Dominic Chappell Arrested by HMRC for Alleged Non-Payment of Crown Debt.
On November 2nd 2016 it was widely reported that Dominic Chappell had been arrested by HMRC for alleged non-payment of Crown Debt. Mr Chappell, who led the team that acquired BHS from Philip Green last year, is reported to owe HMRC more than £500,000 through his company Swiss Rock. This article looks in a little more detail at this case, and also reports that non-payment of Crown Debt (VAT, PAYE, Corporation Tax, etc.) is the largest cause of Director Disqualification in the UK.
How Much is Owed by Swiss Rock to HMRC?
Mr Chappell was arrested in a dawn raid that related to Swiss Rock (now in liquidation) owing HMRC £365,000 in VAT and £196,306 in corporation tax. It was reported subsequently that Mr Chappell had been released. HMRC has not commented on the case, but Mr Chappell said back in September when the amount owed came to light that:
“….there was a return that was made in error, they have acted upon it and we are rectifying that as we speak.”
Obviously we cannot comment on, or speculate about, the outcome of this specific case. What we do know is that HMRC and the Insolvency Service will pursue directors involved in Crown Debt cases following liquidation because it is ‘in the Public Interest’.
How Many Directors are Disqualified for non-Payment of Crown Debt?
The most recent figures available from the Insolvency Service show that in 2014/15, more than 680 directors were disqualified under section 6 of the Companies Director Disqualification act of 1986 for non-payment of Crown Debt at the date of liquidation.
This is a significant number. Indeed, Crown Debt cases are easily the biggest source for an allegation of unfit conduct that the Insolvency Service relies upon when seeking a director disqualification. The Insolvency Service is very strict in this area, because it takes the view that the non-payment of Crown Debt ultimately impacts on all ‘law abiding tax payers’ and deprives the Government of funds for public expenditure. In addition, the Crown has priority for its debts over all other creditors.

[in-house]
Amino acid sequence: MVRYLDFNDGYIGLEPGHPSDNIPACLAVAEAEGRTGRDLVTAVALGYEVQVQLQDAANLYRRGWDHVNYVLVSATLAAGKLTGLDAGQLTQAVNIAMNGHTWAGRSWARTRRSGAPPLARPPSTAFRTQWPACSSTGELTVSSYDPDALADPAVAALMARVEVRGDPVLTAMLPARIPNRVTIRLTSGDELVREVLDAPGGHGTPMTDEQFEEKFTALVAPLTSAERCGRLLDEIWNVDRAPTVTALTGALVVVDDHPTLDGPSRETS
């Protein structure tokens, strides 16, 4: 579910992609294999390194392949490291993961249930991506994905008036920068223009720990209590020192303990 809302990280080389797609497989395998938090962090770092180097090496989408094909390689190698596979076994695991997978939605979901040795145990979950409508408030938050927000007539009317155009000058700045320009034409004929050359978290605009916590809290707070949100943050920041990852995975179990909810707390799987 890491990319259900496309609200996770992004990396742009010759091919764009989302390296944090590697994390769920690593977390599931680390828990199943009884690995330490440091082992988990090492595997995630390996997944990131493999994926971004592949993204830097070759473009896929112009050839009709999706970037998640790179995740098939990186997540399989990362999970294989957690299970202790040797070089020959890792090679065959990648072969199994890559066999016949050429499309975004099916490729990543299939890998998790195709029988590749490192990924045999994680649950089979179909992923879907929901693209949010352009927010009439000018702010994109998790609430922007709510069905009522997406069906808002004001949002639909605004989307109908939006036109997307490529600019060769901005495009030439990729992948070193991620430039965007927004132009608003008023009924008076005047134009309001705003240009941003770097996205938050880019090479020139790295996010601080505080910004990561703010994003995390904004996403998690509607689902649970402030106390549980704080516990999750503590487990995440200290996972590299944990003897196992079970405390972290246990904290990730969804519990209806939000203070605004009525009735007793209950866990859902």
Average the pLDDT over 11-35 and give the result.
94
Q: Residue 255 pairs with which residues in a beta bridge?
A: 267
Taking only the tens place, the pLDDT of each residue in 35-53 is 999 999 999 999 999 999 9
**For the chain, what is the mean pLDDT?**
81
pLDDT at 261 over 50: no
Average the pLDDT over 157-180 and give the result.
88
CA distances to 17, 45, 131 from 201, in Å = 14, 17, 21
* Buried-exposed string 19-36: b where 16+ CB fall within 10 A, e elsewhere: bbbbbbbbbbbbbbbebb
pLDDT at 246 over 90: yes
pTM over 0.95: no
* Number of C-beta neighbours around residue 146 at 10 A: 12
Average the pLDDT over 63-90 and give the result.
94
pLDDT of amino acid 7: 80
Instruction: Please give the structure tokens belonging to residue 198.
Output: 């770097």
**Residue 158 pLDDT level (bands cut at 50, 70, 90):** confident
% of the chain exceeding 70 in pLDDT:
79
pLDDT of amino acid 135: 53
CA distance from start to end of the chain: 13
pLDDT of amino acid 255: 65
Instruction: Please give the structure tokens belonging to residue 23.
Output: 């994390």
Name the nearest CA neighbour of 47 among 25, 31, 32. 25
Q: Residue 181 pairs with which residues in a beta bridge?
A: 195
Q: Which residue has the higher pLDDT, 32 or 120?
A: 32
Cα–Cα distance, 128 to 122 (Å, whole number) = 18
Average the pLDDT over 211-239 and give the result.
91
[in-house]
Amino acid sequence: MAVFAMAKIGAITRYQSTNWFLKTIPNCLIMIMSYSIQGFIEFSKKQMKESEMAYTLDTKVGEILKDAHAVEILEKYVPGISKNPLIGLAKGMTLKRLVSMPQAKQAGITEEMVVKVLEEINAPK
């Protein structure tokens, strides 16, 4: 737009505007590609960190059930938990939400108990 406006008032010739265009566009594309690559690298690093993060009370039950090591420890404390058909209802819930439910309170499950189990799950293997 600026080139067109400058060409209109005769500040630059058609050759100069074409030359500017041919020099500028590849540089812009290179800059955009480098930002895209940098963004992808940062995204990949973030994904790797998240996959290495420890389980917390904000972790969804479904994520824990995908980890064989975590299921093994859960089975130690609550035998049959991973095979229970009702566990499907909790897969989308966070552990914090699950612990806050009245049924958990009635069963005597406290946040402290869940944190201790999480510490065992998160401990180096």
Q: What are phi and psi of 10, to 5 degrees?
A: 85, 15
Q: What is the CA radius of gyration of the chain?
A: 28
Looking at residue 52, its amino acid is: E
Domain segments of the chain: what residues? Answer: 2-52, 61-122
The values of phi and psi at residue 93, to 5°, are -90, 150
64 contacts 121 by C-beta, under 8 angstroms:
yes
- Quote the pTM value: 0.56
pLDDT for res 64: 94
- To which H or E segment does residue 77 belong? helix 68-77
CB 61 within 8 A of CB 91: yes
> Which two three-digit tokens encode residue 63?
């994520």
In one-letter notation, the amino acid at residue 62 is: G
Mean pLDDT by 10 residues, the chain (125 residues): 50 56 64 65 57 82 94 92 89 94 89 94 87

What can be done if facing Director Disqualification for Crown Debt?
We suspect that many of the disqualifications obtained for non-payment of crown debt are likely to be undertakings, where the director accepts a disqualification before Court Proceedings begin. This might well be because the director expects a long and expensive legal battle if the case goes to Court.
However, it also means that the case against the director does not get scrutinised or challenged in Court. It is our experience that director disqualification for a Crown Debt at liquidation is not inevitable. This is because:
- The debt might not be the result of unfit conduct. Quite often liquidation occurs despite the very best efforts of the director to avoid it. For this reason, a key part of defending a director facing disqualification is to make sure that all details of the case are gathered, scrutinised and presented to the Insolvency Service in a structured way.
- If the Insolvency Service can be persuaded that to continue with disqualification proceedings is not in the public interest, then the chances are that it will drop the case.
Clearly the outcome depends on the details and circumstances of each particular case. However, our director disqualification solicitors are experienced in defending directors and dealing with the Insolvency Service. We also know that the earlier you talk to us, the more we are likely to be able to help.
If you are facing director disqualification investigation for non-payment of Crown Debt, contact us or call us on 0121 200 7040 for an initial FREE chat about your case. No hole is to deep for us to be able to make a difference.